A REVEIW — There have been several excellent history books compiled on Pine Bluff and Jefferson County, but they've primarily outlined the lives and experiences of whites, chiefly those who actually aided and lifted others with their positive contributions to the area's overall quality of life, but also some who were recognized merely because they achieved status within the circles of the socially and/or financially elite.
A REVEIW — There have been several excellent history books compiled on Pine Bluff and Jefferson County, but they’ve primarily outlined the lives and experiences of whites, chiefly those who actually aided and lifted others with their positive contributions to the area’s overall quality of life, but also some who were recognized merely because they achieved status within the circles of the socially and/or financially elite.
Most of the previous accounts of the local past included more limited information on select black achievers while otherwise pointing to the toils of the books’ typically unnamed slaves, sharecroppers and common laborers whose efforts enhanced the wealth of their “masters” and employers. Details on the black community’s businesses, schools, churches, cultural activities and particulars of day-to-day activities in days gone by were rare, in part because so many of those elements weren’t always as thoroughly recorded and maintained.
But that void has been greatly lessened with the recent release of “African Americans of Pine Bluff and Jefferson County,” produced by Arcadia Publishing of Charleston, S.C., as part of its ongoing “Images of America” photo book series.
Mother-and-son co-authors Donna Cunningham and Jimmy Cunningham Jr. combined efforts during a three-year process in capably mapping a splendid journey through Jefferson County’s black past. Donna Cunningham is familiar with researching and outlining a presentation as a longtime, now-retired Pine Bluff social studies teacher. Jimmy Cunningham is a devoted student of area history, skilled at confirming sources as a grant writer and telling a story with his abilities as a Nashville voice-over artist.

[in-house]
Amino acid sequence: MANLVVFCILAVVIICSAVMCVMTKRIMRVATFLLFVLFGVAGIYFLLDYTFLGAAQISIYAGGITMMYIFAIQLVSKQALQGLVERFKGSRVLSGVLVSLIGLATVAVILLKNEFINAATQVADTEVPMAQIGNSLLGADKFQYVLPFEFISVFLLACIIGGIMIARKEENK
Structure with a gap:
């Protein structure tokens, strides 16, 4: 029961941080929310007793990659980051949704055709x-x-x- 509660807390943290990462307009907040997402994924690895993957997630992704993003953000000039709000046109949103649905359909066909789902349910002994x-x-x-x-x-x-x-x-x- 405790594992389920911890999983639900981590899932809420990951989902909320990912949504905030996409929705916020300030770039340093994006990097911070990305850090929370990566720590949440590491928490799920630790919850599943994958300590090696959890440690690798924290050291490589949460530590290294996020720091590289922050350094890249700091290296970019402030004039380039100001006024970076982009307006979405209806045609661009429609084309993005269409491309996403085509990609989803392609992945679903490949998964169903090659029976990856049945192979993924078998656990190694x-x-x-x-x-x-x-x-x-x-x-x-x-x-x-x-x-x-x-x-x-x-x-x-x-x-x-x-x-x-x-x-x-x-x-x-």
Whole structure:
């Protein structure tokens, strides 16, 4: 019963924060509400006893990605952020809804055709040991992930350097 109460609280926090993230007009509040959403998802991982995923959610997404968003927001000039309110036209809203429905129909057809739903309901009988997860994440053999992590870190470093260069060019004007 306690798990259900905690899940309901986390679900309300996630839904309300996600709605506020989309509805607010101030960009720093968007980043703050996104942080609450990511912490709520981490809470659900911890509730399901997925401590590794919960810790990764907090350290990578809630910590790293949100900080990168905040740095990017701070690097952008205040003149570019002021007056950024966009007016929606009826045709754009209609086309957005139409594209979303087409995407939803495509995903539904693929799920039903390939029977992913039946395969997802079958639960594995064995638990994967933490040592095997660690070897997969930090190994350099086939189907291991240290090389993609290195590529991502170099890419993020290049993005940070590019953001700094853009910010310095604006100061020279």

Those familiar with black history here will find an abundance of easily recognizable names and sites, but still likely encounter some surprising facts of which they may well have been unaware. The production certainly isn’t intended to represent a complete accounting, but nevertheless provides plenty of intriguing, educational glances.
The 128-page, softcover book features eight chapter topics — early years; music, art and entertainment; businesses and professions; military and civil defense; community life; race, civil rights and civic leadership; education and school life; and religion. The book clearly shows that existence in Jefferson County — as it nears the 175th anniversary of its 1829 establishment — has provided both hardships and opportunities to its black residents, who have persisted in overcoming adversity while achieving remarkable successes.
At one time, Pine Bluff — reportedly the site of the largest mass lynching of blacks in U.S. history — held one of the primary concentrations of black wealth in the entire South.
The book is available at the Pine Bluff/Jefferson County Museum and can also be ordered by telephone from Arcadia at 1-888-313-2665. Purchasers can arrange to have their copies autographed by calling Donna Cunningham at 870-879-3442.
“African Americans of Pine Bluff and Jefferson County” is priced at $21.99, which most would consider a bargain for a fascinating, easy read that can be repeatedly absorbed in pleasant doses in a variety of settings, as well as in start-to-finish peruses by the more studious.
The work would also be an excellent classroom tool for black history studies or a book report.